Laymond is optimistic, saying it covers: “All Association of British Insurers and IFAA core benefits plus cardiomyopathy and progressive supranuclear palsy.”
Franklin simply calls the range excellent, while Daly says: “Very comprehensive, both in those listed and in definitions.”
Greening has nothing but praise when it comes to the flexibility of the plan: “Excellent, I cannot think of anything else I could add to the contract to make it more flexible. I particularly like the facility to have more than one policy within a plan, and the ability to have one policy in trust and perhaps others assigned.”
Laymond and Daly are largely in agreement, with Laymond picking out flexible terms, ability to increase sum insured, range of medical conditions covered, and higher age limits.
Conversely, Franklin is lukewarm, saying: “As good as anyones.”
On the subject of the plan's disadvantages, Laymond points to the lack of a decreasing term assurance version, while Greening looks to the restrictive underwriting.
Franklin picks up on the scope of the product: “Wide range of options can cause problems when quoting or explaining or applying or claiming.”
Daly is in agreement, but adds: “The requirement for critical illness buyback to be bought from policy inception is not particularly ideal for younger clients.”
Considering Skandia Life's reputation, the panel are unanimously positive. Laymond calls it: “Second to none.”
Daly says: “It has an excellent reputation”. Greening adds: “Skandia were the pioneers of whole of life critical illness cover.”
Franklin says simply that he is very happy with the company's reputation.
Looking at the plans that will provide the main competition for Skandia, the panel pick up on Scottish Provident, SM Pegasus, Permanent, Swiss Life and Royal & SunAlliance.
Turning to the cost of the plan, Laymond, Greening and Franklin feel that the premiums are competitive compared to other companies in the field.
Daly says: “I have not seen any suitable comparisons – I do hope to see Skandia recapture the competitive edge from SM Pegasus for critical illness cover.”
Both Greening and Franklin feel that the policy charges are fair and reasonable.
Daly feels that charges are “not really appropriate under this type of contract.”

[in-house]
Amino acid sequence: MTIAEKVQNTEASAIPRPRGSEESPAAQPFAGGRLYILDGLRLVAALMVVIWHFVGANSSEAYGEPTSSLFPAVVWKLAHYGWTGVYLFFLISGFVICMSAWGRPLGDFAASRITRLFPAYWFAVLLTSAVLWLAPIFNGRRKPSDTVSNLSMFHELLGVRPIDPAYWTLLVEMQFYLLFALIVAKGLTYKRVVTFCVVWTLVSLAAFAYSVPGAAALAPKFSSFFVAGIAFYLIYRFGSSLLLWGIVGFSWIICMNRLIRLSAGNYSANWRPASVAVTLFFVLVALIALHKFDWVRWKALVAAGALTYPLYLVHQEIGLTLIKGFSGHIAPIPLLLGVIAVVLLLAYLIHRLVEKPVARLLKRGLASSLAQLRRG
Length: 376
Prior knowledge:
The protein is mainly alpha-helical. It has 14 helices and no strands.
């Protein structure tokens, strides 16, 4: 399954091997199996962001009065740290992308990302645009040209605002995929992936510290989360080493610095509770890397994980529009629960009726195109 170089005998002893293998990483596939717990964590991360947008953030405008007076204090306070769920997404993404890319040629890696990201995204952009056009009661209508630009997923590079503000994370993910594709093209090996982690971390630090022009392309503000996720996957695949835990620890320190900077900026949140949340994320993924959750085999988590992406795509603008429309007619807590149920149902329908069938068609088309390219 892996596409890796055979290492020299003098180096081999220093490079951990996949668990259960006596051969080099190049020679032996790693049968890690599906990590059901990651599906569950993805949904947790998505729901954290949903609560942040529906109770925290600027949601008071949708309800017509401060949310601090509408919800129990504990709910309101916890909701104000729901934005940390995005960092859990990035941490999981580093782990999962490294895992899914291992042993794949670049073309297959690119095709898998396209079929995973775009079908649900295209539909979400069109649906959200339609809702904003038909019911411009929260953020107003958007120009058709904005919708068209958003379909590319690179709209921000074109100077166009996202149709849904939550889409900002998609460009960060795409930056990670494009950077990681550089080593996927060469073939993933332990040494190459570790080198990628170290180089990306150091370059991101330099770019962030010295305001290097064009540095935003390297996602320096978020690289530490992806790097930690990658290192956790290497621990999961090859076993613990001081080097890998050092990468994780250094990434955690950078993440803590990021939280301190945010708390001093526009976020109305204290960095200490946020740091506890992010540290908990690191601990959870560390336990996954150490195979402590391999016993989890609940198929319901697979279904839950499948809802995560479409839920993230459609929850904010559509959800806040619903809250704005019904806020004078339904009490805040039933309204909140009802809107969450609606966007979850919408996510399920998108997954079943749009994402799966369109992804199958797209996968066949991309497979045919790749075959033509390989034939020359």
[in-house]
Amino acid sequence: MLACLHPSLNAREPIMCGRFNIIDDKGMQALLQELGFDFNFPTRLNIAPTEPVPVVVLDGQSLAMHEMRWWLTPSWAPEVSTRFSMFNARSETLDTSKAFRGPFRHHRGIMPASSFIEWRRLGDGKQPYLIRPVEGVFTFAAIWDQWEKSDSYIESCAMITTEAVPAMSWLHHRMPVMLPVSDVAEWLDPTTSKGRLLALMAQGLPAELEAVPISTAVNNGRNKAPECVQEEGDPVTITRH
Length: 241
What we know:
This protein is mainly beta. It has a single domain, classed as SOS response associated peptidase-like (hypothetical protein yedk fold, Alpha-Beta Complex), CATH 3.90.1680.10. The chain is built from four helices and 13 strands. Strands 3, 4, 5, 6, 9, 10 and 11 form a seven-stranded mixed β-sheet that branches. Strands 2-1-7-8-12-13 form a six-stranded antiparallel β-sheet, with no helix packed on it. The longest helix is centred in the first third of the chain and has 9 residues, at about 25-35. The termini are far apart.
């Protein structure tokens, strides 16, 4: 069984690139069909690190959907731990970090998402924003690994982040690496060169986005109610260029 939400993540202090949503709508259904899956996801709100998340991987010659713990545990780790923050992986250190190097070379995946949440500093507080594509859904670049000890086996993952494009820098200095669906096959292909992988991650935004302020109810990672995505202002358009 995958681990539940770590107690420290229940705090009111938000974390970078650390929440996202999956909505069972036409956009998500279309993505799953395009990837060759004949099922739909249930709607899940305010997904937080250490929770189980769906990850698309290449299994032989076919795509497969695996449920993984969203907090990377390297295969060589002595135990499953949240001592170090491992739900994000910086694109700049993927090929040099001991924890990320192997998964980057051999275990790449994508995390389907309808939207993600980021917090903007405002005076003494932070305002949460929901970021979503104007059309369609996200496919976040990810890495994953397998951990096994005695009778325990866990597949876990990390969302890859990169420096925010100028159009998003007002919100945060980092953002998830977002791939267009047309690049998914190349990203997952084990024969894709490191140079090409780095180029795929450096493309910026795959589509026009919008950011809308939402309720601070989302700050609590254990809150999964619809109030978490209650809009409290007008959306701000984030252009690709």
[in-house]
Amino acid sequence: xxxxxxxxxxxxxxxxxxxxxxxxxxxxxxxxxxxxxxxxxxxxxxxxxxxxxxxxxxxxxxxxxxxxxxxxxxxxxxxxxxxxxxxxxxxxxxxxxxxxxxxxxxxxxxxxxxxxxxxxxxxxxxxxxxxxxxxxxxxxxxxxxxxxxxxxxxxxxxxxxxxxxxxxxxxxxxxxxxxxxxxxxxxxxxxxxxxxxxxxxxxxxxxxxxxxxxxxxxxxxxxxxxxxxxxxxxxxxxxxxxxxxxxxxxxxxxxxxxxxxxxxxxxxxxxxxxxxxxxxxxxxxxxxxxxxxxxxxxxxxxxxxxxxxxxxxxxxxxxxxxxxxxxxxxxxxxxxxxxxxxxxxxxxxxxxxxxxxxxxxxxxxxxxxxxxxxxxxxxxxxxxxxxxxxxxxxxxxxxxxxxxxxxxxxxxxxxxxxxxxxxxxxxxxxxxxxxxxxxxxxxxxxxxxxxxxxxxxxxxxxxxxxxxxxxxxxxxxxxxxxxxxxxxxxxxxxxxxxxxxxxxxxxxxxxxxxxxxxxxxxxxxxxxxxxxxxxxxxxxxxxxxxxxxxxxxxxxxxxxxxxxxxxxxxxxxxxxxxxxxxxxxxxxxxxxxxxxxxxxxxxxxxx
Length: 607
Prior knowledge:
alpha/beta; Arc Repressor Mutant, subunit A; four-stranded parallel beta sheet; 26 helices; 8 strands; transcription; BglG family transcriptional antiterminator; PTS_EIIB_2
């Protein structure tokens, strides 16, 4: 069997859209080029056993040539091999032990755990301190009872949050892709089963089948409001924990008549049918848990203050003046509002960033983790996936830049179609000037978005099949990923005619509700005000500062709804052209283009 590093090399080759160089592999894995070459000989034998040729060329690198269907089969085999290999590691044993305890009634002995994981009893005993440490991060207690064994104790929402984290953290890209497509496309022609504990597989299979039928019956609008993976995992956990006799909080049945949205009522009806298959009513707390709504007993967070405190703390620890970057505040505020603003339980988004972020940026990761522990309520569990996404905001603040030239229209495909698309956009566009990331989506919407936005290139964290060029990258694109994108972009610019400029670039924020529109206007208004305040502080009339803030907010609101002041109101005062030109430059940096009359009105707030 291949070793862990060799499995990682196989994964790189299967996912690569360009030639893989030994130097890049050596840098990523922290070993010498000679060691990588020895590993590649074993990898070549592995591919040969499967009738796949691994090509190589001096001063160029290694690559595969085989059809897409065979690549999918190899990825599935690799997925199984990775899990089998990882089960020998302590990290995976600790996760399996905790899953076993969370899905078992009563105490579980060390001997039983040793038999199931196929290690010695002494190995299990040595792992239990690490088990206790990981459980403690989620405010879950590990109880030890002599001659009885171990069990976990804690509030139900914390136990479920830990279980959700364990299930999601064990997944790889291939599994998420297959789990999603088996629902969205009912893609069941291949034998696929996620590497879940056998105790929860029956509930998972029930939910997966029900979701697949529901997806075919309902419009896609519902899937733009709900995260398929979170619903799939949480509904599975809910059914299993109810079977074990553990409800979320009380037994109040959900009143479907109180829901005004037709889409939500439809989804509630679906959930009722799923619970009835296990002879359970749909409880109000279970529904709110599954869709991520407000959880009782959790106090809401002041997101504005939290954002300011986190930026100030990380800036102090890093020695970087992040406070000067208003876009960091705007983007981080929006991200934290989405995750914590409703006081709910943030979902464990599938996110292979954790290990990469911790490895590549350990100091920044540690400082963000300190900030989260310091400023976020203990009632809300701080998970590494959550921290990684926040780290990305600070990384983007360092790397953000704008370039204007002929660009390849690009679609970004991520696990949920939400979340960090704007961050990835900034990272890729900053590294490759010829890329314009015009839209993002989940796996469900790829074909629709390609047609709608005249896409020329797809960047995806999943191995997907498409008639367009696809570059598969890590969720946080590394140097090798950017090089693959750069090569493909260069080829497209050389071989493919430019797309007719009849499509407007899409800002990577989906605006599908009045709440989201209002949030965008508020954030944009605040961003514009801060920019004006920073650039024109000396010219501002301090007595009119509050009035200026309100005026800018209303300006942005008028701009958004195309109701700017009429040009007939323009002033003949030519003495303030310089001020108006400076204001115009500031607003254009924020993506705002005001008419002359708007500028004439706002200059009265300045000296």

Laymond is very positive: “Unbelievably, there are no admin or policy fees or charges for any changes. The premium paid covers cost of risk. A true 'what you see is what you get' policy.”
Looking at the commission for the plan, Franklin considers it to be fair and reasonable, and Laymond calls it: “Generous to a fault.”
Greening says: “My preference in most cases would be the rolling term cover. This offers flexible whole of life rates of commission, and the fixed term offers term rates. Both have a two year initial commission period.”
Daly says the two year commission earnings period on the rolling term option is especially favourable.
The panel have a difference of opinion when it comes to the product literature produced by Skandia Life.
Greening calls it plain and concise and very user friendly. Laymond agrees, but also feels the inclusion of the case studies is an excellent idea.
Daly says: “To a good standard – both straightforward with sufficient technical details and examples for clients.”
Franklin is, however, less enthusiastic: “A bit wishy washy but written well and set out well. Bulky, however, for mailing purposes.”
Summing up, Laymond says: “Superb IFA website to support this product includes access to all special forms needed, and all colour stripped out of brochure to save printer ink in IFA office.”
Daly says: “Overall, this is a highly innovative contract. There are a number of small 'bugbears' such as accidental death benefit claims cover provided during application does not apply to travel outside of Europe.”
Greening feels that the 'best doctors' aspect should be advertised to all clients.